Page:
On Inside a Trophy Case

I’ve been in Anderson Arena, on the Bowling Green State University campus, many times. Whether passing through its lobby to avoid cold, wind, and/or rain, attend a basketball game, concert, or hear a US President; it is a place dear to my past.

I was there the day President Ford made a campaign stop. Unfortunately, he had gone through several recent assassination attempts, yet those of us who can remember Squeaky Fromme and Sara Jane Moore, may also recall the night when a popping of a camera flashbulb created temporary havoc. Yep, that was in Anderson Arena and I was there.

Anderson Arena is the place I attended concerts and saw acts as Yes (with Rick Wakeman), Jefferson Starship, Doobie Brothers (early in their career), and Bachmann-Turner Overdrive.

Who knows how many sporting events I attended at Anderson Arena, but as a sports venue, it’s far from luxurious … actually sparse … but a good place for fans. With fans near the court, The House that Roars was a tough place for opponents.

Earlier this month, Anderson Arena hosted its last Falcon basketball game as next season brings a new venue. Little did I know at the time, one of my lasting memories is seeing a partially deflated basketball in the lobby’s trophy case that is connected my life-after college in Cincinnati.

The date on the basketball was February 16, 1963, with the following score inscribed: Bowling Green 92, Loyola Chicago 75. Those Ramblers had come to town undefeated (21-0) and ranked #2 in the country – actually behind the two-time defending champion Cincinnati Bearcats, (where I earned my Masters and now attend sporting events).  At the end of the year, Loyola would have a late-game rally to defeat the Bearcats in the national championship game – which is also one of the earliest college basketball games from my childhood memory.

On that night in February of 1963 though, the night belonged to the Falcons, who were very good. They eventually won the MAC championship, and were part of the 26-team March Madness. They beat good teams, and lost to other good teams in close games. On that night, the Falcons never trailed, and were comfortable ahead most of the game … and the basketball from that night is in the trophy case.

Two Falcon legends gave this team an inside-outside threat. Howard Komives, the pure shooter, went on to a 10-year NBA career. Nate Thurmond, the inside rebounder and scorer, was not only an All-American, but had a long, outstanding NBA career, and a member of the Basketball Hall of Fame. Coach Harold Anderson is also in the Basketball Hall of Fame.

Although Anderson Arena will now be quiet, yet the memories of the roars will live on. I will always remember that basketball in the trophy case, and know that I would have loved to be there on that night.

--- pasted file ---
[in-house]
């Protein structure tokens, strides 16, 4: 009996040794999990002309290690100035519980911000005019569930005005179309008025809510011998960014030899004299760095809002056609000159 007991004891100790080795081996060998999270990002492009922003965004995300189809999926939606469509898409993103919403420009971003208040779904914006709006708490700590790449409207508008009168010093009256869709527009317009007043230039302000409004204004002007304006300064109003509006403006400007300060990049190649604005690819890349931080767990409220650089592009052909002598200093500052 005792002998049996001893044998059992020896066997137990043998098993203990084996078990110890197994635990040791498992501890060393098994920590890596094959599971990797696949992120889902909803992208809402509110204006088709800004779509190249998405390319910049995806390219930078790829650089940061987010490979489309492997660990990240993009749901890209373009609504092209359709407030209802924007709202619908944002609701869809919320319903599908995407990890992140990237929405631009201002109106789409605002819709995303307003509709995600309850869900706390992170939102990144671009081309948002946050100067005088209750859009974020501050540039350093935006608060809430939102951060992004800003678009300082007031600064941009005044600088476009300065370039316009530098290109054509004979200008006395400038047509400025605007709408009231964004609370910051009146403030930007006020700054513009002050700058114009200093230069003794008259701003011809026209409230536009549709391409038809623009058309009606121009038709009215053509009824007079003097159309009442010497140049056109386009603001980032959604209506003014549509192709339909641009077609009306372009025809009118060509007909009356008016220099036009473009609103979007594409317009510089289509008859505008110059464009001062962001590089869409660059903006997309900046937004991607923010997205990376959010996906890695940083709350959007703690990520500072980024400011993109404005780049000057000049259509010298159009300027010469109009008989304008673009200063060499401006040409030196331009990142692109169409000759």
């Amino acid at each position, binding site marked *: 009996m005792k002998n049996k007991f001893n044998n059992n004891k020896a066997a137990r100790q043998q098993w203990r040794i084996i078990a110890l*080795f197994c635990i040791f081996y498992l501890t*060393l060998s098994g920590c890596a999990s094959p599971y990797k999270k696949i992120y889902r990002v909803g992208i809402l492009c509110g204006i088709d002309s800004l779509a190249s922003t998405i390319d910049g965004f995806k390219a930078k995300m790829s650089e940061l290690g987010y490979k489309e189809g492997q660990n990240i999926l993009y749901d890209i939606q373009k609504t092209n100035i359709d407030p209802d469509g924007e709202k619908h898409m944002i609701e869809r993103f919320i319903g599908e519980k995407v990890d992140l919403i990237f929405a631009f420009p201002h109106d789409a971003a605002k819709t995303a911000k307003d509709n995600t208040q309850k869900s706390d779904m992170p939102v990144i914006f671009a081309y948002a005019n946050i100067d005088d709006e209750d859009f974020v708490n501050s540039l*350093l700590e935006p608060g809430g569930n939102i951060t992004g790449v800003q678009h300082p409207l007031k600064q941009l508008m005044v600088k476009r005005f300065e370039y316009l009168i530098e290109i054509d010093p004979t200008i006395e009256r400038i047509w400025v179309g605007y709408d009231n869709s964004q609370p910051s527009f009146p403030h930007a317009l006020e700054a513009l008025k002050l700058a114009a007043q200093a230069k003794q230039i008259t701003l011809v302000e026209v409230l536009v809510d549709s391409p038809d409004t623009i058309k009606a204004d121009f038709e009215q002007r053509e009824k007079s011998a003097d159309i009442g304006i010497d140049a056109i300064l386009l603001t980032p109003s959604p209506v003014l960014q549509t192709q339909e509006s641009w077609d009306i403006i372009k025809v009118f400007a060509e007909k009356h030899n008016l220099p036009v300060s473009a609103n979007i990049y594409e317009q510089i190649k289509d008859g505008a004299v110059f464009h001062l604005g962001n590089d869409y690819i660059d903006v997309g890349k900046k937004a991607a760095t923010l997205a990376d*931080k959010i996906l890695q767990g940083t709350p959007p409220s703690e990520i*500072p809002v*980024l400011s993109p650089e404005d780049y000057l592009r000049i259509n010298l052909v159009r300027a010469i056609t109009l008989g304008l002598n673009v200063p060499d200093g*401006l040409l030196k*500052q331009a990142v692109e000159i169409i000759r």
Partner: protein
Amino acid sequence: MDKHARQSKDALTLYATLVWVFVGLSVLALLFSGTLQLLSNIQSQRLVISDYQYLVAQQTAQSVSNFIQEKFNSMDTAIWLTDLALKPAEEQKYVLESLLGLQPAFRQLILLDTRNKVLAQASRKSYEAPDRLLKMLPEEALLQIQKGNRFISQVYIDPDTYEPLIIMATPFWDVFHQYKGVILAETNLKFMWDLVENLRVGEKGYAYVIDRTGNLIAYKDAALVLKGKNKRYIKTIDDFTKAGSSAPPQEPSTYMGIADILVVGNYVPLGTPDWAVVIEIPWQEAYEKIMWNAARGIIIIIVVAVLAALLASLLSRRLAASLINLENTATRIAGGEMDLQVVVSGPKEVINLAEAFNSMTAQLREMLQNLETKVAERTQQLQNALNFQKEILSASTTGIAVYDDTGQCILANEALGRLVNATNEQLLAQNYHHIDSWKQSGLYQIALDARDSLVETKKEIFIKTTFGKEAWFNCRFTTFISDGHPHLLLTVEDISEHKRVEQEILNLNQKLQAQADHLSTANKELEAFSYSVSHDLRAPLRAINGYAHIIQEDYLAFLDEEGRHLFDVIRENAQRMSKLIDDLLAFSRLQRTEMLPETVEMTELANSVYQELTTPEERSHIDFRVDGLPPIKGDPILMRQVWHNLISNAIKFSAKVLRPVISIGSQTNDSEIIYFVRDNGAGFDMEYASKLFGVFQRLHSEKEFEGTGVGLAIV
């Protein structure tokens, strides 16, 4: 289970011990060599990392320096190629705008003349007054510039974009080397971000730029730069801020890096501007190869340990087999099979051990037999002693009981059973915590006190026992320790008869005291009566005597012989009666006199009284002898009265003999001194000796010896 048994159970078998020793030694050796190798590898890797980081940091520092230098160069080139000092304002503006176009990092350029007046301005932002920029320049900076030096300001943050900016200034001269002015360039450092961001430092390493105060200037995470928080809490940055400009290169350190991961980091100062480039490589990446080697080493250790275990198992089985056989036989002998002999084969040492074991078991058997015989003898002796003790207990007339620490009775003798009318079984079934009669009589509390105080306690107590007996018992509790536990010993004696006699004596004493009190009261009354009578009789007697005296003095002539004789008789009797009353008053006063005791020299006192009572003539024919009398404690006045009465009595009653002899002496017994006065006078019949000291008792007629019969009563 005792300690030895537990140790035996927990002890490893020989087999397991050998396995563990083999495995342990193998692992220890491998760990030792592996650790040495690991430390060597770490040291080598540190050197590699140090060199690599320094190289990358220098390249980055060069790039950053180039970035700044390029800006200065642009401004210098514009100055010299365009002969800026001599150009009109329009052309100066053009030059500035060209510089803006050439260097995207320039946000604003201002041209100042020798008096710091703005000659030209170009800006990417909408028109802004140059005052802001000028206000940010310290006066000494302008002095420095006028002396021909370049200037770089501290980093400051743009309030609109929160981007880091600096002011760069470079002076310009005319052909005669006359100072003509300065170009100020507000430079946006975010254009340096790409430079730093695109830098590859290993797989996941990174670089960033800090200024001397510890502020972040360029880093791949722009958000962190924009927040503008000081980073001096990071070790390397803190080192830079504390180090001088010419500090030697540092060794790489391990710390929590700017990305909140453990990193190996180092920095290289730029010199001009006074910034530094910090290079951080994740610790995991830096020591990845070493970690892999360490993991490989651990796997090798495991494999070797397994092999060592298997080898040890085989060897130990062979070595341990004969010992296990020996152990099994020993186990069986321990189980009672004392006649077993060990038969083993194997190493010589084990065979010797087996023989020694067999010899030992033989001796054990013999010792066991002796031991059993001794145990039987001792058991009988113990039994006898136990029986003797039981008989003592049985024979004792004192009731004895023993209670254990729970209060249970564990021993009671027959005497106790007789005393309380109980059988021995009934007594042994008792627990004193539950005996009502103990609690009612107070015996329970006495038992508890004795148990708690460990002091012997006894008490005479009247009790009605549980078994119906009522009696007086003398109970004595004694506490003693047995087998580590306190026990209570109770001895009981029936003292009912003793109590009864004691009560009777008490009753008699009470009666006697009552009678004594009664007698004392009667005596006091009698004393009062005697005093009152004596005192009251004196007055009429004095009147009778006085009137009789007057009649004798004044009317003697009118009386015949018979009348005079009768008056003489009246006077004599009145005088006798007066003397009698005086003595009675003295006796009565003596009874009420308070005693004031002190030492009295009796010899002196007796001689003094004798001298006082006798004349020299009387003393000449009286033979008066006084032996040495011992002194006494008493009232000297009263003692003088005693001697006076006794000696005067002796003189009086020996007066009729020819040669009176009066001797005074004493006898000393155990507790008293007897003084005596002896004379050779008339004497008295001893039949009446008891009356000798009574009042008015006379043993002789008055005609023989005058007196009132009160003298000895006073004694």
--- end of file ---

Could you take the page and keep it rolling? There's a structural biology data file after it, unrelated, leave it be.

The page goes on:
Outside picture courtesy of sharing through Flicker

Inside color picture courtesy of the Toledo Blade

Inside black and white picture used with permission from PepperGuy, Grant Cummings.

On a Dying Team

During my years on the campus, I was an avid Bowling Green Falcon hockey fan.

  • bglogoI stood outside the arena doors for an hour in the cold BG wind waiting for the doors to open to get my preferred seat.
  • I didn’t miss many home games as a student, and sat (most of the time) in the same general admission seat – along a rail above a stairway at center ice on the east side for most of the games over five years. (Observable below).
  • After seated, I played crazy 8s with friends since gametime was still an hour away.
  • I saw the early wave of the 34 Falcons who played in the NHL, and others made the U.S. Olympic team.
  • I saw coach Ron Mason on his way to becoming the most-winning coach in NCAA hockey history.
  • I saw many great games, including numerous exciting moments that shook the arena. (The close aluminum ceiling had the place roar.)

hockeywinAlthough I wasn’t a student when the Falcons won the 1984 National Championship on Gino Cavallini’s fourth-overtime goal, my heart was there and tuned into ESPN. I wasn’t there to see two Hobey Baker Award (hockey’s Heisman) winner, George McPhee and Brian Holzinger, but they increased my pride.

Today, the BG Ice Arena faces the threat of becoming nothing more than a physical education facility. While surfing this part Friday I discovered the university is considering disbanding its hockey program.

ice_arenaThe facility and finances are at the heart of the issue. After years of neglect, the 40 year-old arena is antiquated – in need of both repair and renovation. Updating has been delayed – funding decreased and eventually cut. Surely the facility hasn’t made recruiting easy, thus it’s been a tough last 10 years for Falcon faithful.

Past neglect (by choice) and tough economic times have put the university’s administration between a rock and a hard place. Part of investing in a team is investing in the facilities, and I hope this is not a search-for-financing plea as clearly used by pro franchises.

As avid of a fan I was and as much as I still bleed orange, I say pull the plug. Instead of continuing as a bottom dweller and having one of the worst facilities in the CCHA, I’ll settle for no more embarassment and living in my memories – the kind I’ll get when I return to campus, sit in the seat, and remember when the building shook.

Support Articles: Toledo Blade and NHL FanHouse

Images from the Associated Press and Bowling Green Sentinel-Tribune

PS: It’s 4:15 pm (same day of the post) and the BGSU Athletic Director posted an open letter today stating all sports are safe for next year – but also emphasizes the budget constraints.